Such, then, was Archimedes, and, so far as he himself was concerned, he maintained himself and his city unconquered. But during the progress of the siege Marcellus captured Megara, one of the most ancient cities of Sicily; he also captured the camp of Hippocrates at Acrillae and killed more than eight thousand men, having attacked them as they were throwing up entrenchments; furthermore, he overran a great part of Sicily, brought cities over from the Carthaginians, and was everywhere victorious over those who ventured to oppose him.
Some time afterwards he made a prisoner of a certain Damippus, a Spartan who tried to sail away from Syracuse. The Syracusans sought to ransom this man back, and during the frequent meetings and conferences which he held with them about the matter, Marcellus noticed a certain tower that was carelessly guarded, into which men could be secretly introduced, since the wall near it was easy to surmount.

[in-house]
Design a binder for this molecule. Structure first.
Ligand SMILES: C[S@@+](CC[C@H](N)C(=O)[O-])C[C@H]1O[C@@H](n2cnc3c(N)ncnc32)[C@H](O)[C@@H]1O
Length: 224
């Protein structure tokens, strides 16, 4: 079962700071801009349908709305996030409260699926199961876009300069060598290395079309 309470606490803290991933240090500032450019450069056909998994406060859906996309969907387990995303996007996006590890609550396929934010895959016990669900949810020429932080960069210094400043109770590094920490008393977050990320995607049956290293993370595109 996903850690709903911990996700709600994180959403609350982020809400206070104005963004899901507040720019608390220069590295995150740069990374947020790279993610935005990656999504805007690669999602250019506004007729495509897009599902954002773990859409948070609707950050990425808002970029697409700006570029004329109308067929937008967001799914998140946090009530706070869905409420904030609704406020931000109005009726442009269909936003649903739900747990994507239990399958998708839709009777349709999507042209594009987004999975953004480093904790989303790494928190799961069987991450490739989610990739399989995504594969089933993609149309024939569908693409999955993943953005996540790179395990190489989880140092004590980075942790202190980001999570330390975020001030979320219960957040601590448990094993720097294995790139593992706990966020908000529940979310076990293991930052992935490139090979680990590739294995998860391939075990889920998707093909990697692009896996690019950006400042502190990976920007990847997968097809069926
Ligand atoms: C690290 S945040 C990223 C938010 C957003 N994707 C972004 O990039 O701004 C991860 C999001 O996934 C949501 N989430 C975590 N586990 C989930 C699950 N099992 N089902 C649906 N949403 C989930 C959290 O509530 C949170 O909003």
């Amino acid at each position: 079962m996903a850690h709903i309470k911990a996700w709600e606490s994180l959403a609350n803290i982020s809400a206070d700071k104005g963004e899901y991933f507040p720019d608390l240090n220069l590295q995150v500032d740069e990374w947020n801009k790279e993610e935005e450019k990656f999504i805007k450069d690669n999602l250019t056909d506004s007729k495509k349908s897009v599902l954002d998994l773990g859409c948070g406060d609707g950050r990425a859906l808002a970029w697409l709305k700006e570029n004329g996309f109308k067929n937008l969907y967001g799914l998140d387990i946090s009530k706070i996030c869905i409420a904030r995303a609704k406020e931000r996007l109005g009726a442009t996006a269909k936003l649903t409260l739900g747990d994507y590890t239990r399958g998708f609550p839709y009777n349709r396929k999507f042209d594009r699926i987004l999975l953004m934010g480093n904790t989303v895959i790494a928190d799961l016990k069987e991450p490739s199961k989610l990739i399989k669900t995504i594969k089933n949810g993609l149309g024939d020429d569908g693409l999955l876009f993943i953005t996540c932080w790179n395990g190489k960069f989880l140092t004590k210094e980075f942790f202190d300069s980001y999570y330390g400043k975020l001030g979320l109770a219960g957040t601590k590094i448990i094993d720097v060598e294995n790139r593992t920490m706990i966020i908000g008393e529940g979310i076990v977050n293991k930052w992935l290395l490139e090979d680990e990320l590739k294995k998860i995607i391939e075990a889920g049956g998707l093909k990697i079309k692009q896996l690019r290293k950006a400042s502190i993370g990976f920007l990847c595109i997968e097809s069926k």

When, therefore, in his frequent approaches to it for holding these conferences, the height of the tower had been carefully estimated, and ladders had been prepared, he seized his opportunity when the Syracusans were celebrating a festival in honour of Artemis and were given over to wine and sport, and before they knew of his attempt not only got possession of the tower, but also filled the wall round about with armed men, before the break of day, and cut his way through the Hexapyla.
When the Syracusans perceived this and began to run about confusedly, he ordered the trumpets to sound on all sides at once and thus put them to flight in great terror, believing as they did that no part of the city remained uncaptured.1
There remained, however, the strongest, most beautiful, and largest part (called Achradina), because it had been fortified on the side towards the outer city, one part of which they call Neapolis, and another Tyche.